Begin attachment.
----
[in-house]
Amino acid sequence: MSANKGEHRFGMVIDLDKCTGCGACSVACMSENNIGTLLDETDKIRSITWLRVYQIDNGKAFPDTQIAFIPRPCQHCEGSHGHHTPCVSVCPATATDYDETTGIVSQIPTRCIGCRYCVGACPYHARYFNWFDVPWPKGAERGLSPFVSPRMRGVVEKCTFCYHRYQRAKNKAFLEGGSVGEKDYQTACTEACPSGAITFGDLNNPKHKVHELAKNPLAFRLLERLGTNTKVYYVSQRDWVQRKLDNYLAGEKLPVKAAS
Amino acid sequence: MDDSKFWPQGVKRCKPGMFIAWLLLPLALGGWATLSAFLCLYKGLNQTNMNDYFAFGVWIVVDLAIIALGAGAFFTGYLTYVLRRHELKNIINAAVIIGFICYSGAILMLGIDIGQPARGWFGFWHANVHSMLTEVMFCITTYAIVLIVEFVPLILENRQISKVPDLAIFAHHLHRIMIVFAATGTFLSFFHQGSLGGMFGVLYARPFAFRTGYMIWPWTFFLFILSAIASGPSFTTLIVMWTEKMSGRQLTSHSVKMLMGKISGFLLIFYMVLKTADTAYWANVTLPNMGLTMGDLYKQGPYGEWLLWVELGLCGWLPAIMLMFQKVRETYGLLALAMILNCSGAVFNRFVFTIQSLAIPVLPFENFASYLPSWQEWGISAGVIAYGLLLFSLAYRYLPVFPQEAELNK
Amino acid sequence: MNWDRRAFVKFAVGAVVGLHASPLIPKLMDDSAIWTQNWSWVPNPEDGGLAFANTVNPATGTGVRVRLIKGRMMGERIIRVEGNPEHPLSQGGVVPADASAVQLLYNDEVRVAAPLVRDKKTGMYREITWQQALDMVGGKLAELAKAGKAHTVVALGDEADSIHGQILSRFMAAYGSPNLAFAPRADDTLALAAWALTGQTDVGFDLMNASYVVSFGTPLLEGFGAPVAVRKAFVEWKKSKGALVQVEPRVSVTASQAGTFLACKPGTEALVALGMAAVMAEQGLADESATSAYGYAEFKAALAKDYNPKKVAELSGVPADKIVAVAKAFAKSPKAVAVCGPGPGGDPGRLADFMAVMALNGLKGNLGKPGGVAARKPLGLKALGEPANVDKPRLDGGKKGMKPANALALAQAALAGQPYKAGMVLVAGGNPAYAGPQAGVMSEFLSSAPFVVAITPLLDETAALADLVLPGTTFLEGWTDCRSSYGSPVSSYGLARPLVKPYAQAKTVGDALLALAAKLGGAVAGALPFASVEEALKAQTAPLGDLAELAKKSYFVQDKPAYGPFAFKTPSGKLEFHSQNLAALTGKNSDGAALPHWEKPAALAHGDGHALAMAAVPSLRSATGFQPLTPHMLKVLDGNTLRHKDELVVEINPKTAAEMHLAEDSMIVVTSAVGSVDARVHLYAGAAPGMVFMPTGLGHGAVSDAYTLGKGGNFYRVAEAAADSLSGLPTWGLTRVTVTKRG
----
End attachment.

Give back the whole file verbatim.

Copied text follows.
[in-house]
Amino acid sequence: MSANKGEHRFGMVIDLDKCTGCGACSVACMSENNIGTLLDETDKIRSITWLRVYQIDNGKAFPDTQIAFIPRPCQHCEGSHGHHTPCVSVCPATATDYDETTGIVSQIPTRCIGCRYCVGACPYHARYFNWFDVPWPKGAERGLSPFVSPRMRGVVEKCTFCYHRYQRAKNKAFLEGGSVGEKDYQTACTEACPSGAITFGDLNNPKHKVHELAKNPLAFRLLERLGTNTKVYYVSQRDWVQRKLDNYLAGEKLPVKAAS
Amino acid sequence: MDDSKFWPQGVKRCKPGMFIAWLLLPLALGGWATLSAFLCLYKGLNQTNMNDYFAFGVWIVVDLAIIALGAGAFFTGYLTYVLRRHELKNIINAAVIIGFICYSGAILMLGIDIGQPARGWFGFWHANVHSMLTEVMFCITTYAIVLIVEFVPLILENRQISKVPDLAIFAHHLHRIMIVFAATGTFLSFFHQGSLGGMFGVLYARPFAFRTGYMIWPWTFFLFILSAIASGPSFTTLIVMWTEKMSGRQLTSHSVKMLMGKISGFLLIFYMVLKTADTAYWANVTLPNMGLTMGDLYKQGPYGEWLLWVELGLCGWLPAIMLMFQKVRETYGLLALAMILNCSGAVFNRFVFTIQSLAIPVLPFENFASYLPSWQEWGISAGVIAYGLLLFSLAYRYLPVFPQEAELNK
Amino acid sequence: MNWDRRAFVKFAVGAVVGLHASPLIPKLMDDSAIWTQNWSWVPNPEDGGLAFANTVNPATGTGVRVRLIKGRMMGERIIRVEGNPEHPLSQGGVVPADASAVQLLYNDEVRVAAPLVRDKKTGMYREITWQQALDMVGGKLAELAKAGKAHTVVALGDEADSIHGQILSRFMAAYGSPNLAFAPRADDTLALAAWALTGQTDVGFDLMNASYVVSFGTPLLEGFGAPVAVRKAFVEWKKSKGALVQVEPRVSVTASQAGTFLACKPGTEALVALGMAAVMAEQGLADESATSAYGYAEFKAALAKDYNPKKVAELSGVPADKIVAVAKAFAKSPKAVAVCGPGPGGDPGRLADFMAVMALNGLKGNLGKPGGVAARKPLGLKALGEPANVDKPRLDGGKKGMKPANALALAQAALAGQPYKAGMVLVAGGNPAYAGPQAGVMSEFLSSAPFVVAITPLLDETAALADLVLPGTTFLEGWTDCRSSYGSPVSSYGLARPLVKPYAQAKTVGDALLALAAKLGGAVAGALPFASVEEALKAQTAPLGDLAELAKKSYFVQDKPAYGPFAFKTPSGKLEFHSQNLAALTGKNSDGAALPHWEKPAALAHGDGHALAMAAVPSLRSATGFQPLTPHMLKVLDGNTLRHKDELVVEINPKTAAEMHLAEDSMIVVTSAVGSVDARVHLYAGAAPGMVFMPTGLGHGAVSDAYTLGKGGNFYRVAEAAADSLSGLPTWGLTRVTVTKRG